• Dale · January 20

        Those often turn out to be the best places where you can really get a feel for the place. One day, Mel. One day…

  2. margaret21 · January 19

    Another great post, in which my favourite bit is your spit-and-sawdust meal which is probably something that will live in your memory too.

    • MELewis · January 20

      It will indeed! Although I’ve digested it all by now, writing these posts is like savouring so many wonderful moments all over again.

      • margaret21 · January 20

        And that’s why we blog! For our own memory banks.

      • MELewis · January 20

        So true!

  3. midihideaways · January 19

    Naoshima was on our list but we had to change plans and give it a miss…. Our travel companions went and were raving about it when we met up – ho hum 🙂
    one of the things I loved about Japan were the contradictions – on the one side the high tech toto washlets, and on the other some incredibly basic (almost mediaeval looking) public toilets, high-tech Tokyo and almost third world electrical wiring….

    • MELewis · January 20

      Yes, that’s it exactly! The contradictions were something I noticed everywhere we went in Japan. Little quirky things like the ones you mention — modern vs decrepit. Hopefully I’ll capture some more in the next couple of posts. Too bad you missed Naoshima but — a reason to go back?

  4. acflory · January 19

    Oh I love your experience in the ‘diner’. How wonderful to get a real taste of how the locals live, and eat. It reminded me of one of my favourite places in Périgueux back in the 70’s. Basically just a house with a door opening straight onto the street. Inside were three rooms set up with tables and chairs, and the food was just as homey: a 3 course meal based on whatever the chef bought at the market that day. And the insanely cheap price included half a bottle of local red. Price aside, it was also some of THE best food I had in all of France. -sigh- Nostalgia.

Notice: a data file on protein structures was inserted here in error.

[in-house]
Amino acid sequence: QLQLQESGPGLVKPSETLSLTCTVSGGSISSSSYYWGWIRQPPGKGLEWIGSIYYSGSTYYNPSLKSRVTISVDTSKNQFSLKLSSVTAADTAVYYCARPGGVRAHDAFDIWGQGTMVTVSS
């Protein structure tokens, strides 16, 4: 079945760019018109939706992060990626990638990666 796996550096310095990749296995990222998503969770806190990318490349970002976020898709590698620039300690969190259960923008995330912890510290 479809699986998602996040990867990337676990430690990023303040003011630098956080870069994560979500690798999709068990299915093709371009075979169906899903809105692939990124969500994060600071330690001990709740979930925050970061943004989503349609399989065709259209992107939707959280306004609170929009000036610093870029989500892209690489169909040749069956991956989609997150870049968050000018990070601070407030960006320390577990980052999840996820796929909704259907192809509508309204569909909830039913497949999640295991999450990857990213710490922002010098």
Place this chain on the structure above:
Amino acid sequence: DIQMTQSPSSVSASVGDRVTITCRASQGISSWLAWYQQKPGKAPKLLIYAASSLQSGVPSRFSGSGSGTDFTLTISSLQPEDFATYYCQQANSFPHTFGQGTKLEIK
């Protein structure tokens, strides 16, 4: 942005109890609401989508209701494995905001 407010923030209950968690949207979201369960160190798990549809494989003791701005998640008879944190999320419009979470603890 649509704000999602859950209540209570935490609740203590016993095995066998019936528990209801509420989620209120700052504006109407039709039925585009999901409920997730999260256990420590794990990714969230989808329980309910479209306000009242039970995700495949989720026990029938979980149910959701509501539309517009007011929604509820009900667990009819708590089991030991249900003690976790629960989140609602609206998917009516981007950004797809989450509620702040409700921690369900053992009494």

• MELewis · January 20

      Ah, it’s hard not to feel nostalgic about those days: no food allergies, vegan options, just simple food served up fresh! Although France of all places remains very traditional and perhaps your place is perhaps still around. Never been to Périgueux…still so much to discover close to home!

      • acflory · January 20

        God yes…I feel positively ancient doing the nostalgia thing, but life really was less…frantic back then.
        If you get the chance, go to Perigueux and find your way to the old city. It’s mediaeval with even some Roman ruins. And the best part is that it’s still lived in, or at least it was when I was there. Like a living museum. Rocamadour is also stunning. That part of France is full of ancient castles and old towns that take you straight back to the past. My favourite part of France. 🙂

  5. Colin Bisset · January 20

    Thanks for the shout-out! So glad you made it there, and did it so properly. It’s a beautiful area. That izakaya looked great. It’s so worthwhile stepping out of your comfort zone in Japan as mostly it makes for the most memorable experiences, and locals are always alert to how they can help. Much as I love Japanese food, that chocolate confection looks dazzling. (And forgive the plug but you mightn’t have read this radio piece I did some years ago:

    • MELewis · January 22

      How I wish I had read it! Would have approached the site far better informed, although I am confused about the name as it seems to now go by Benesse House. But I am just glad we got there, so plug away!😊

      • Colin Bisset · January 23

        Sorry, I should have sent it to you before you went… I thought the whole complex is called Benesse, including the fancy hotel, and Chichu just the museum but maybe it’s all been streamlined into one now, which would make sense. 🤔

  6. Suzanne et Pierre · March 12

    Lovely experience. It shows that you often have to go beyond appearances. Glad the food was good.
    We are back after a 3 month trip and will start posting on our blog soon…(Suzanne)

    • MELewis · March 21

      So true about going off the path to experience something great! Am just checking in as we are now getting ready to move and will catch up with your posts soon!

      • Suzanne et Pierre · March 21

        Good luck with the move…always a lot of work (Suzanne)